“Representations of magic and witchcraft in American history and popular culture fall into two distinct and contradictory discourses of deviance and empowerment. In the first of these, magical ability is viewed as dangerous and monstrous, an unnatural power to be destroyed in conjunction with this approach to witchcraft as threat to the social order is the belief that such power should be domesticated, brought under forcible control if it cannot be utterly eliminated. In contrast, the second body of discourse addressing representations of witchcraft is one which views magical as a source of individual power and agency, usually feminine. From this perspective, witchcraft offers a means for expression of these aspects of identity negated by larger sociocultural structures, providing an alternative means of power, oftentimes fr otherwise disenfranchised women. Notions of performativity are central to this sense of empowerment, with women self-reflexively construction their magical identities as witches, as well as focusing on the physically and socially performative process of representing self and exercising change in the surrounding world. These two categories often overlap, and, regardless of readings of good or evil, power or performativity, both of these discourse meet in the representation of Otherness; as Emily D. Edwards argues, “The witch is someone strange, a curious ‘other’ who stands outside legitimate territories to intimidate the status quo.” Any representation of magic and witchcraft in American popular culture must necessarily negotiate the dual discourses of deviance and empowerment, as well as the engagement with Otherness, reconciling these differing perspective either by critiquing or negating one of the two, or by highlighting the problematic nature of their intersection. The discourse of magic in American myth differs significantly from those surrounding gender, race, and home because perceptions of magic have not undergone the dramatic challenges and changes faced by these other themes. However, the struggle between polarized notions of magic is indicative of cultural engagement with the supernatural and, more profoundly, anxieties surrounding the figure of the powerful woman.” – The Wizard of Oz as American Myth, Alissa Burger.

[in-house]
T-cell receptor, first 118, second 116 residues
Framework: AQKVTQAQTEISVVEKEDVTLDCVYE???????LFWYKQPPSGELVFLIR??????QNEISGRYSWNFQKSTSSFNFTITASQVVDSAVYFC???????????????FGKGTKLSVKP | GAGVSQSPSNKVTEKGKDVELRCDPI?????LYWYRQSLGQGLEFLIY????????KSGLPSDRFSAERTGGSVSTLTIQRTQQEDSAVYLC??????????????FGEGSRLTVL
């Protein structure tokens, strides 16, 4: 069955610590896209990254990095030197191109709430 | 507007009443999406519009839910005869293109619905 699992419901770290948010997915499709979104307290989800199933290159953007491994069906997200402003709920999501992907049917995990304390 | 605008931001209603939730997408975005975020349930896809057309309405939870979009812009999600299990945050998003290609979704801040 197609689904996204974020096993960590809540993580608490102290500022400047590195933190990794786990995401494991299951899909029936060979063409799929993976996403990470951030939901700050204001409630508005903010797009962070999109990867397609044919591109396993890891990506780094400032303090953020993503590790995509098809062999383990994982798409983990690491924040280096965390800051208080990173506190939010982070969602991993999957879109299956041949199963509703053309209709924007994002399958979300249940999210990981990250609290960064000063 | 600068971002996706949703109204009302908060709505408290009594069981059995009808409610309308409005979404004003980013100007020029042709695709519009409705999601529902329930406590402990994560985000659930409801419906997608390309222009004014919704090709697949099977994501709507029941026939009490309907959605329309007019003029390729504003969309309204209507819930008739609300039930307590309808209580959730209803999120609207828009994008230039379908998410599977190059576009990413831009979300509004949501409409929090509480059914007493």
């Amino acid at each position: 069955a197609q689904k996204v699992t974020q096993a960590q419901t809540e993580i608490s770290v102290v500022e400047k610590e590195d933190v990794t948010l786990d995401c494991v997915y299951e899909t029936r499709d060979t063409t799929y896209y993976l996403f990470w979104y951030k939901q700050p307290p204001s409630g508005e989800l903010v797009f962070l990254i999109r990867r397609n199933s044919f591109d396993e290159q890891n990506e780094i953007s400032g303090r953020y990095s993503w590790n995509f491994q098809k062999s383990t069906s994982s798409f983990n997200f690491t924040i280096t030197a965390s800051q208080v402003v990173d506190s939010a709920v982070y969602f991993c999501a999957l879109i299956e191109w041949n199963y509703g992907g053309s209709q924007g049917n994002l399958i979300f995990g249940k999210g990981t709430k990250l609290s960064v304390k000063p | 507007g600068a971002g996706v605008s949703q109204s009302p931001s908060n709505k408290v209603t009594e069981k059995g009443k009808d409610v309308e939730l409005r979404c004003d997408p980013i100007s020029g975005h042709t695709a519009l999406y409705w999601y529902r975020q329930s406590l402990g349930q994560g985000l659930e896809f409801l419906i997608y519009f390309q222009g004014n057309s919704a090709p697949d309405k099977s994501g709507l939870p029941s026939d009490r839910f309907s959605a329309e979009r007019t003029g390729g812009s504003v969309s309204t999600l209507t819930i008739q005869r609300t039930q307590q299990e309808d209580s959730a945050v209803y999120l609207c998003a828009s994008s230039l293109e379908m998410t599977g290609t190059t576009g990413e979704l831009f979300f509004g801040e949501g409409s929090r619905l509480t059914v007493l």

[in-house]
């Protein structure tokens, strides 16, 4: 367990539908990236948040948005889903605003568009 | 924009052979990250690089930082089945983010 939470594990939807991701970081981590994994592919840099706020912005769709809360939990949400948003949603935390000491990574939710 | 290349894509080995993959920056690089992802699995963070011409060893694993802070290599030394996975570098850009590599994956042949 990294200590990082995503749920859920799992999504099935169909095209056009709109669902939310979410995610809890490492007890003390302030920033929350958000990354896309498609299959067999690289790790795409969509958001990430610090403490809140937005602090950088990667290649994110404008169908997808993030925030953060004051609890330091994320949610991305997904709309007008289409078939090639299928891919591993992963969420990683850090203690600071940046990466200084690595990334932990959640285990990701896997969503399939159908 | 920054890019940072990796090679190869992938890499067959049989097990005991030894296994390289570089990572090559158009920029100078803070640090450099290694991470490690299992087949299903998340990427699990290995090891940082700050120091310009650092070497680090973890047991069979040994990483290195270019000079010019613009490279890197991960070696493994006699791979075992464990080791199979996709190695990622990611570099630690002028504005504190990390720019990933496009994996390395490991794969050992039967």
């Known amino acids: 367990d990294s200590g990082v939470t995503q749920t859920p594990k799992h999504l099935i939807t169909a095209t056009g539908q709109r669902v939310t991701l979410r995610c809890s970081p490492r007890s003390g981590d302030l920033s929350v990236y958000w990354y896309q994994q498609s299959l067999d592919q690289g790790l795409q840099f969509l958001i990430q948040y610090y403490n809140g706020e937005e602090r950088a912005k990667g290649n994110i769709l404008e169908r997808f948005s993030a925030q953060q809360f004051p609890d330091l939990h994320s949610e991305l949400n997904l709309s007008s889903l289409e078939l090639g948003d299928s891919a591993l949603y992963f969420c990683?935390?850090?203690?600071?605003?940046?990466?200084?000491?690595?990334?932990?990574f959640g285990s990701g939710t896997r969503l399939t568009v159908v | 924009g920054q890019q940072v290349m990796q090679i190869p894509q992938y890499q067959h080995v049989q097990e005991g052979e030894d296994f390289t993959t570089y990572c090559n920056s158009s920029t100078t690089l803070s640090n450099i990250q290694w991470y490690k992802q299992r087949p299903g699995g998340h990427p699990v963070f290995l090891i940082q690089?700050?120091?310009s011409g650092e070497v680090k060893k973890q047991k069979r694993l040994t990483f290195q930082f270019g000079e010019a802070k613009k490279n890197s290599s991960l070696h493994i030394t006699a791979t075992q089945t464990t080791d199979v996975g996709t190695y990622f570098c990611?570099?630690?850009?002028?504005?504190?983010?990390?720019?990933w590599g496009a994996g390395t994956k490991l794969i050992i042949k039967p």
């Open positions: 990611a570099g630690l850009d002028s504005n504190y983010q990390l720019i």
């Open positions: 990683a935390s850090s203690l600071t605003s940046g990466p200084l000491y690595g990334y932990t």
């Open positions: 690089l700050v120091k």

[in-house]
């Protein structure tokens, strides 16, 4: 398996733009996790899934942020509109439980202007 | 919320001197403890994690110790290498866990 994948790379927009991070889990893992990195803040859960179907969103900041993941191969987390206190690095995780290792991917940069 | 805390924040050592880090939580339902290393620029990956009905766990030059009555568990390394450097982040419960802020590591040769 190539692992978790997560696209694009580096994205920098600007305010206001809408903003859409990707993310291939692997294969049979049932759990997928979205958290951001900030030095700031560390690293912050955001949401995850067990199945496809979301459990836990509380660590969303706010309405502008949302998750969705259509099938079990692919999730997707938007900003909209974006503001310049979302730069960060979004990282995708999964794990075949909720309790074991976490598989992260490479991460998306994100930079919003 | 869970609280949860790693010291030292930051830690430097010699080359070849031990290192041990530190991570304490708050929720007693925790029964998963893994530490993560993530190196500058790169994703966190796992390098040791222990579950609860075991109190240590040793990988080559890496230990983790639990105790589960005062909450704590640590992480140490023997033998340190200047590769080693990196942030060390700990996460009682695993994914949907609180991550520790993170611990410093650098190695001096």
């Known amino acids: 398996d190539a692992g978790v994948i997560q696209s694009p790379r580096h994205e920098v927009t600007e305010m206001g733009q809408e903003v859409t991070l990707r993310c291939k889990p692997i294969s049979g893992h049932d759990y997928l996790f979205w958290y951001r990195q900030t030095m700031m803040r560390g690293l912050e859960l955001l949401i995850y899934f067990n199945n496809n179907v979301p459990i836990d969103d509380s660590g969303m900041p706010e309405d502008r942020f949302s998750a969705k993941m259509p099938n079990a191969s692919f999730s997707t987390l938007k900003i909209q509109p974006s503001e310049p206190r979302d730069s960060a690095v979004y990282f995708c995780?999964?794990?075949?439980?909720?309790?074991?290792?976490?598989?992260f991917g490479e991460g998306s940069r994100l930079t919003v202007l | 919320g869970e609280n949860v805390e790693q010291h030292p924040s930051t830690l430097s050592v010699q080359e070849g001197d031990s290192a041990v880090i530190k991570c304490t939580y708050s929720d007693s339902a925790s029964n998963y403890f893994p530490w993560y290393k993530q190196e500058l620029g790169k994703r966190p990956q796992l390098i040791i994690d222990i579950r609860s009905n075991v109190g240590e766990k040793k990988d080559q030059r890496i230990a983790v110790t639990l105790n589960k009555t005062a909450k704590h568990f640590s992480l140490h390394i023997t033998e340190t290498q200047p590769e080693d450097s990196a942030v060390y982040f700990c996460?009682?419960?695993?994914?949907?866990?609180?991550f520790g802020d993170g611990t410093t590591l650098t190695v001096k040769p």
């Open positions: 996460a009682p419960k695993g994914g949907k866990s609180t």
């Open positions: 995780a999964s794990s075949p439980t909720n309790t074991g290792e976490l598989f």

[“BLA and GB Gabbler” (really just a pen name – singular) are the Editor and Narrator behind THE AUTOMATION, vol. 1 of the Circo del Herrero series. They are on facebook, twitter, tumblr, goodreads, and Vulcan’s shit list.]